September 03, 2006

As an Inmate Dies, Why Not Save a Million Dollars?

Today’s prison medical system is dysfunctional, costly and wasteful, says the writer, a longtime prison inmate. Dwight Abbott, who is currently locked up in Salinas Valley State Prison, offers a practical solution to the problem. Abbott is the author of, "I Cried, You Didn't Listen," first published in 1991 to expose the widespread abuse of incarcerated children. It has just been reprinted by AK Press, and is available at and

SALINAS VALLEY STATE PRISON -- When an inmate’s health begins to deteriorate and he accepts that death is near, the prisoner rarely seeks anything more than to end life upon this Earth with dignity and some creature comforts. Instead, he’s given, as it always has been, meager care and is most often treated no differently from inmates with minor complaints.

Among a number of problems detrimental to a chronically ill prisoner’s existence in a “general population” setting, is the fact that they’re among often rebellious inmates, gangbangers and troublemakers, who create a constantly violent and stressful environment.

There are the bullies who are under the misconception that they get respect by picking on handicapped inmates, many of whom are confined to wheelchairs. Then there are the guards whose sole focus is, understandably, “security.” They’re not trained to care for the growing geriatric population, nor do they have time to pick and choose as they quell daily physical confrontations among the young and healthy prisoners, in which handicapped inmates are often caught in the middle.

There are many inmates with lung diseases such as emphysema, laboring to inhale life-preserving oxygen and are often forced to share that air with clouds of pepper spray.

“I was sitting outside in my wheelchair,” one inmate exclaims. “there was a fight nearby and several guards began to pepper spray the combatants. I lost consciousness and woke up in the hospital; that pepper spray damn near killed me.”

“If we complain we are taken to C.T.C. (medical facility) and put into an empty cell,” a 76-year-old man shared with me.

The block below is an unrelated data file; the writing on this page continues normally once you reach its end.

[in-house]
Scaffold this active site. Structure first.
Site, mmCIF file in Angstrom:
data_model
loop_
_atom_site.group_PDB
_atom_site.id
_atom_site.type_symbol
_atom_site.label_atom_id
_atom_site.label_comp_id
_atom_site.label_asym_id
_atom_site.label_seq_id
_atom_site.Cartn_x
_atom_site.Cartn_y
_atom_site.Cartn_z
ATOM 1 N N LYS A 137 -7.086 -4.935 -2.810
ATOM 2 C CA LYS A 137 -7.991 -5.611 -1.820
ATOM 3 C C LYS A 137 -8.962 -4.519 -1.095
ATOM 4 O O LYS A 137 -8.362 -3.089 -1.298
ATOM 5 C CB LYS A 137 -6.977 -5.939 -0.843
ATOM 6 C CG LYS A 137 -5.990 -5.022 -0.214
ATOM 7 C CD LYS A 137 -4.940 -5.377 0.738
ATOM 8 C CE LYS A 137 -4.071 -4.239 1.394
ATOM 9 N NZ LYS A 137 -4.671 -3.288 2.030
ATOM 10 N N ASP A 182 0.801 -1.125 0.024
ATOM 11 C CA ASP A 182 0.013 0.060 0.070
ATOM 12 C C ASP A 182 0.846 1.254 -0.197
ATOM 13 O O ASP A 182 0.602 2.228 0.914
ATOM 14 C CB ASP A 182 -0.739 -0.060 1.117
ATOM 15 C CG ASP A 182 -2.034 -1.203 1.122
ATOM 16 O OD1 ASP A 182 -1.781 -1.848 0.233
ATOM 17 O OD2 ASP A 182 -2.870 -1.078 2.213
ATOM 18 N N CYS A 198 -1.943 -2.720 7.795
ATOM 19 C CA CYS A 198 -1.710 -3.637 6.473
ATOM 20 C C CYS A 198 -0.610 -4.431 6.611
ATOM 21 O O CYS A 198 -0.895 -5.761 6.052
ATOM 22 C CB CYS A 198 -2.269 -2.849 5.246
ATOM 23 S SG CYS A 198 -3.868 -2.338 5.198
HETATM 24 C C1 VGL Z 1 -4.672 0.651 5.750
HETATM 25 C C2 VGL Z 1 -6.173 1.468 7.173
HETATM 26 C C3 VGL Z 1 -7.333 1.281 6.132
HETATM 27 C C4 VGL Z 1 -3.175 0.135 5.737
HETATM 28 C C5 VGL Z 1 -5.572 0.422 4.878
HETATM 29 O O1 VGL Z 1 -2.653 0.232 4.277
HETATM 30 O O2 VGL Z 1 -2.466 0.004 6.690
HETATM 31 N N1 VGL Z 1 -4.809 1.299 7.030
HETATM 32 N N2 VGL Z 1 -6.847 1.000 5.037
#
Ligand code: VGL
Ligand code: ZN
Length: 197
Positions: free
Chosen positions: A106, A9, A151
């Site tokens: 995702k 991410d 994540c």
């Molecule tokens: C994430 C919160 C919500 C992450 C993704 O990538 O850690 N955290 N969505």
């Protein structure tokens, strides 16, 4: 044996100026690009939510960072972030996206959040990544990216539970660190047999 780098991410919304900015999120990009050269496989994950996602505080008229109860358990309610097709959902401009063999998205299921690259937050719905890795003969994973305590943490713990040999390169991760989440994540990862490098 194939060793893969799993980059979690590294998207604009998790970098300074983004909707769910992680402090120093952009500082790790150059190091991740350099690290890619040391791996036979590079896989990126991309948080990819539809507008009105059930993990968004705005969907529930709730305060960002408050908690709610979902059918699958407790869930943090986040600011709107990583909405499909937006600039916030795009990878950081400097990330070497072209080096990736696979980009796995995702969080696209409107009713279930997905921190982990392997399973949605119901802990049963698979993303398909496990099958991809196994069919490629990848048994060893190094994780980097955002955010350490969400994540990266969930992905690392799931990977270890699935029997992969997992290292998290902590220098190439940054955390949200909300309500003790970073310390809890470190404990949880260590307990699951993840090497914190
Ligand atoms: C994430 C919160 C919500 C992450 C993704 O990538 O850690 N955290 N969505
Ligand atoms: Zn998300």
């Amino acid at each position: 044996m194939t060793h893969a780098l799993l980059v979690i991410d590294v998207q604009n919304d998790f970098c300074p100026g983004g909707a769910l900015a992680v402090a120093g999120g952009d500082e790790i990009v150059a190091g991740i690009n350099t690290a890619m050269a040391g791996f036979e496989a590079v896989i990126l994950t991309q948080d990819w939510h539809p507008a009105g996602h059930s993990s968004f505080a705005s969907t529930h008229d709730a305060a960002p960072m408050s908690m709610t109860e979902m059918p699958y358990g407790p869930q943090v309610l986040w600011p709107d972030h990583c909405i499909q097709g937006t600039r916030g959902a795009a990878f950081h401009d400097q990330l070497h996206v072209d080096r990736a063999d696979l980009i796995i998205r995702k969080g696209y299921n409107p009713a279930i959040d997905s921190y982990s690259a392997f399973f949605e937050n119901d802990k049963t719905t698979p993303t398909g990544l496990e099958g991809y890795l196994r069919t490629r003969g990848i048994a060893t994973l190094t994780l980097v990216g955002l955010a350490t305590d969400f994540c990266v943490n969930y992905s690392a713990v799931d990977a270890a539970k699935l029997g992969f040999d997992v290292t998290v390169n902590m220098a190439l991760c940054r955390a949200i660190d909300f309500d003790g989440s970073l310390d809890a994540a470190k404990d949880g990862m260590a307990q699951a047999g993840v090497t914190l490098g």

“All we got there is a blank wall to stare at, as if we are being punished for having the nerve to ask for decent care. After 87 days, I had to sign out against medical advice to get back into general population.”

By so refusing treatment, the above inmate has cleared the way for medical personnel to absolve themselves of negligence should there later be “complications.”

I’m a criminal; I’ve been one since I was a teenager. For this rebellious behavior, my punishment has been to exist nearly my entire life incarcerated, beginning in 1957. Through this time I’ve suffered unbelievable punishment with little complaint. I’m the first to admit I’m not a nice person and that I don’t deserve to be free. Yet, as bad as I am, I’ve never stood and watched another human being suffer, without reaching out and attempting to help -- even those who have been my enemies.

There’s a way to do the right thing here for everyone, and it can have a twofold effect as it will also create the alleged “much needed additional beds to deal with overcrowding.”

Instead of building “two prisons,” as Gov. Arnold Schwarzenegger, along with a representative of the powerful guards union, CCPOA, would have you believe is “the only way to resolve the immediate crisis,” why not build two prison hospitals? One would be for the chronically ill, the seriously handicapped and the frail elderly inmates, where they would be compassionately cared for as all human beings deserve, no matter their faults in life.

The second prison hospital would be for the thousands of mentally ill inmates currently assigned to nearly every state prison in California. In this hospital they would get the long-term care and treatment they require and deserve, without being taken advantage of by predators on the prison yards.


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